Book review: Capital in the Twenty-First Century – Thomas Piketty (2014)
Capital in the Twenty-First Century takes a comprehensive look at wealth and income inequality, investigating how it has changed since the 18th century.
Economist Thomas Piketty analyses datasets from 20 different countries to uncover social and economic patterns, seeking to uncover why the wealth gap remains and is, in fact, getting wider.
He notes that economic growth and the diffusion of knowledge has allowed us to avoid inequalities on the apocalyptic scale predicted by Karl Marx, but argues that inequality is a feature of capitalism that can only be reversed by state intervention.
Inequality threatens to stir discontent and undermine democratic values, Piketty says. He notes that the upward trend has been reversed in the past and could happen again. For instance, after the second world war there was a reduction in inequality in developed nations but this was driven by political choices and policies, which for the most part have now been reversed, he explains.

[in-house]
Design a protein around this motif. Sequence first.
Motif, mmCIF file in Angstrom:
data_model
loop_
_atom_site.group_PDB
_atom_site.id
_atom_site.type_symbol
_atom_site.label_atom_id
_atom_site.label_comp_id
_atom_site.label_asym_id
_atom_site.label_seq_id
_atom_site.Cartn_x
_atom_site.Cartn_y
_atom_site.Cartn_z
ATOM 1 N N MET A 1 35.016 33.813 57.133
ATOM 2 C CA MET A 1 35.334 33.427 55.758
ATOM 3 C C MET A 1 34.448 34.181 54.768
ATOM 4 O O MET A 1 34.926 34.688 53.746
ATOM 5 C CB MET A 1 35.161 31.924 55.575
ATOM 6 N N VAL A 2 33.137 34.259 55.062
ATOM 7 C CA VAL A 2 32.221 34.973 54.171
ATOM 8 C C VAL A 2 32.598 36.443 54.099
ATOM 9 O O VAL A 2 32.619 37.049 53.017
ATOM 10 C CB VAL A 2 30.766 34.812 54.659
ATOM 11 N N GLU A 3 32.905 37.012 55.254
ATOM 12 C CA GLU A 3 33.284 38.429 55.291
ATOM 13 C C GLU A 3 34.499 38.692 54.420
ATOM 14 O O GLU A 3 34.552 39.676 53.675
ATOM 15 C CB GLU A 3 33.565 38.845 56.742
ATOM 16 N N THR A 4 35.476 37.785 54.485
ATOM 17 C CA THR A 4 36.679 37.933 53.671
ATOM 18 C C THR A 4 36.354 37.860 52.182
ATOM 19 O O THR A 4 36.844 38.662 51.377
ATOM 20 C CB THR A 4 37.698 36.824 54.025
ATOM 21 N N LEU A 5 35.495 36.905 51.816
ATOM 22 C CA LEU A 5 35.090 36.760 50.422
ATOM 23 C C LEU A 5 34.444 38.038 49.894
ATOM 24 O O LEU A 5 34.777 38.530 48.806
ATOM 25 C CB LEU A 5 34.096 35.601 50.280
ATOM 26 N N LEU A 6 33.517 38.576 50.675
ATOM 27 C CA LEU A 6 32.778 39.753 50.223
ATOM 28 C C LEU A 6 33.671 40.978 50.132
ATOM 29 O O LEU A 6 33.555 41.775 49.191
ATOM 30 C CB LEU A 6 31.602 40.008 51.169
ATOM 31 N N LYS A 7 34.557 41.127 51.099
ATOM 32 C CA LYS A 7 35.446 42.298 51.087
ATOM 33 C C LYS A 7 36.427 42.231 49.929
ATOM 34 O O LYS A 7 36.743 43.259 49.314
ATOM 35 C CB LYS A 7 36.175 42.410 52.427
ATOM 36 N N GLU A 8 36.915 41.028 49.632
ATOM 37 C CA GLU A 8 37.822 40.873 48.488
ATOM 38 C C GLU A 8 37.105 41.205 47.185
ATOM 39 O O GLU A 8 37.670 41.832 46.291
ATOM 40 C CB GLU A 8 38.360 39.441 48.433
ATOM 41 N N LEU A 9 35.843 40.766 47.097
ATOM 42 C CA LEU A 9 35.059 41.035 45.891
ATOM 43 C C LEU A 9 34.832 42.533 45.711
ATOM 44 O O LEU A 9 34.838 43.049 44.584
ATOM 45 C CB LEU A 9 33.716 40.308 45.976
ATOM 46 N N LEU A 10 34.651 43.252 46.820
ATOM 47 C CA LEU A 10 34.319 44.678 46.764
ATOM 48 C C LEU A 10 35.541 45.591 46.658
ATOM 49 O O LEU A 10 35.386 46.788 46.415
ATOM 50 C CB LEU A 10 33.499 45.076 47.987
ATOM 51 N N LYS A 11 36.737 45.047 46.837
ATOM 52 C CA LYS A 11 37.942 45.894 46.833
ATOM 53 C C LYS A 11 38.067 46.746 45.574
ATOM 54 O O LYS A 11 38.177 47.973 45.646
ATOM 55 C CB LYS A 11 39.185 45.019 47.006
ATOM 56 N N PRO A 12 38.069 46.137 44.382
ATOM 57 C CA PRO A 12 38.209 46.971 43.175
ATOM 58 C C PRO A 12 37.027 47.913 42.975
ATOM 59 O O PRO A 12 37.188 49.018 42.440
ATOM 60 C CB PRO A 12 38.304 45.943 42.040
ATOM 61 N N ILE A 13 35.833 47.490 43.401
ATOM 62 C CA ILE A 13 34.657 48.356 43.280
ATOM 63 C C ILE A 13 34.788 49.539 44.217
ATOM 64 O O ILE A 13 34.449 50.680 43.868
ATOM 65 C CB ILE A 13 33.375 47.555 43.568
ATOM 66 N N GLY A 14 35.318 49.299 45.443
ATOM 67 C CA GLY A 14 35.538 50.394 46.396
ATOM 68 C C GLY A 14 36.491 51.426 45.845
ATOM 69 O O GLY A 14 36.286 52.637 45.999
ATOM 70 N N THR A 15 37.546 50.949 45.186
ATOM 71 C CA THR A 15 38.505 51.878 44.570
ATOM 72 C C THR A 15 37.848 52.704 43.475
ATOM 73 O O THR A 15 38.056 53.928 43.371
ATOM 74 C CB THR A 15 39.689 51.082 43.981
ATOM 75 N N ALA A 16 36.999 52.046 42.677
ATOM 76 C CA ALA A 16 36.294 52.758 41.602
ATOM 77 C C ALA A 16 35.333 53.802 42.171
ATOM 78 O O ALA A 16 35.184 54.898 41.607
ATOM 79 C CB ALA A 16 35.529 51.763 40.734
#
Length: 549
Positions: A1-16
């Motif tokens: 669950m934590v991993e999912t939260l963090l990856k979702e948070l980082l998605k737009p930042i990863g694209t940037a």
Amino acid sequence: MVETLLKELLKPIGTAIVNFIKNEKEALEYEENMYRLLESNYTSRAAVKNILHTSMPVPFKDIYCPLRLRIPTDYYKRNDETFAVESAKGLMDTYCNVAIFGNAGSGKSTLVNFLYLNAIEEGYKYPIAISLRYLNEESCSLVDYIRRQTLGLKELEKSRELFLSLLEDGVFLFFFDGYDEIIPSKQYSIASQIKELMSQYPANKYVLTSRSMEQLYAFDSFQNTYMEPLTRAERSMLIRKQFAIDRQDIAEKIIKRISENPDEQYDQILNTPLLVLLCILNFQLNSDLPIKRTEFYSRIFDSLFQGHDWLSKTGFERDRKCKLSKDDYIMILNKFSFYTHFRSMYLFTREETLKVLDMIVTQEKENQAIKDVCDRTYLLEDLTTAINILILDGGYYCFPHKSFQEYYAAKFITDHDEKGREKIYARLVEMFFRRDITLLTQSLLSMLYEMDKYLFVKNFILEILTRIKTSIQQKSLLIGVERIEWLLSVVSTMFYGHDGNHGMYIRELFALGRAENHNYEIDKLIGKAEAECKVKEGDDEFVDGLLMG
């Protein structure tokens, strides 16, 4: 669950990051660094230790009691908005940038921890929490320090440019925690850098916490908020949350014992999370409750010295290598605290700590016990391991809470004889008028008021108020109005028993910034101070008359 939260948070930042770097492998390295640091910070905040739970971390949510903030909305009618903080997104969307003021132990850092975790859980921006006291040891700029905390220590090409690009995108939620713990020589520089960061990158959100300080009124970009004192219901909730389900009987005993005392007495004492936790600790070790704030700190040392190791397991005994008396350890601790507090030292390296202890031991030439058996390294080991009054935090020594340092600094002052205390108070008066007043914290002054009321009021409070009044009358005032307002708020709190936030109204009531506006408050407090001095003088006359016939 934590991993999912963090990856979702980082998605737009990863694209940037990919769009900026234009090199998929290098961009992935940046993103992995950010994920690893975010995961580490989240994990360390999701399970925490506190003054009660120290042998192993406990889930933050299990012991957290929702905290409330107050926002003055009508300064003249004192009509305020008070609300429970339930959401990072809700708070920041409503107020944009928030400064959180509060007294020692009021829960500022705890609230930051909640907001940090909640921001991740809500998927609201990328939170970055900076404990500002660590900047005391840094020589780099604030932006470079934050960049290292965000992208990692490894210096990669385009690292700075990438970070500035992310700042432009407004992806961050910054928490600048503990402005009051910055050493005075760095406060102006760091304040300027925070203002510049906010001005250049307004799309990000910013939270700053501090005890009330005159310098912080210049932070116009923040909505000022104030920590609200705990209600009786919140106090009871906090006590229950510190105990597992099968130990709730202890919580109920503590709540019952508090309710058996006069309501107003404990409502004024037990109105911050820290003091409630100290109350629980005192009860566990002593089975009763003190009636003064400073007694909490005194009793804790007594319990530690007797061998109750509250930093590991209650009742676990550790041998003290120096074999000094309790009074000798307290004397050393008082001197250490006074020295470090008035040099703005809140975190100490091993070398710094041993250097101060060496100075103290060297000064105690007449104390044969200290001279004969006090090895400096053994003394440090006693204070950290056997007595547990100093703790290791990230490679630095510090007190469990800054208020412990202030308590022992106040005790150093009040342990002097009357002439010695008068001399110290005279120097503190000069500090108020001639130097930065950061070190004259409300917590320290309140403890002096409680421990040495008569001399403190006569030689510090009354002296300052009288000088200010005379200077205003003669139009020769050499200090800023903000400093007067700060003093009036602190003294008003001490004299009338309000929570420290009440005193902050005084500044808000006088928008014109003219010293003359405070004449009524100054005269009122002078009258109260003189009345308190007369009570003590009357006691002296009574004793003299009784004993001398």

The quantity of data used throughout the book serves to underline Piketty’s conclusions and adds to its credibility. The author wrote the book with a wide audience in mind and as a result it is clear and direct with little jargon, ensuring those from a non-economic background can still understand the huge amount of information.
In the book, Piketty also sets out his solutions for solving global inequality, including an annual global wealth tax of up to 2% along with a highly progressive income tax reaching up to 80%.
Capital in the Twenty-First Century is a must read for anyone interested in economics and understanding why there is disparity in the way wealth is distributed.
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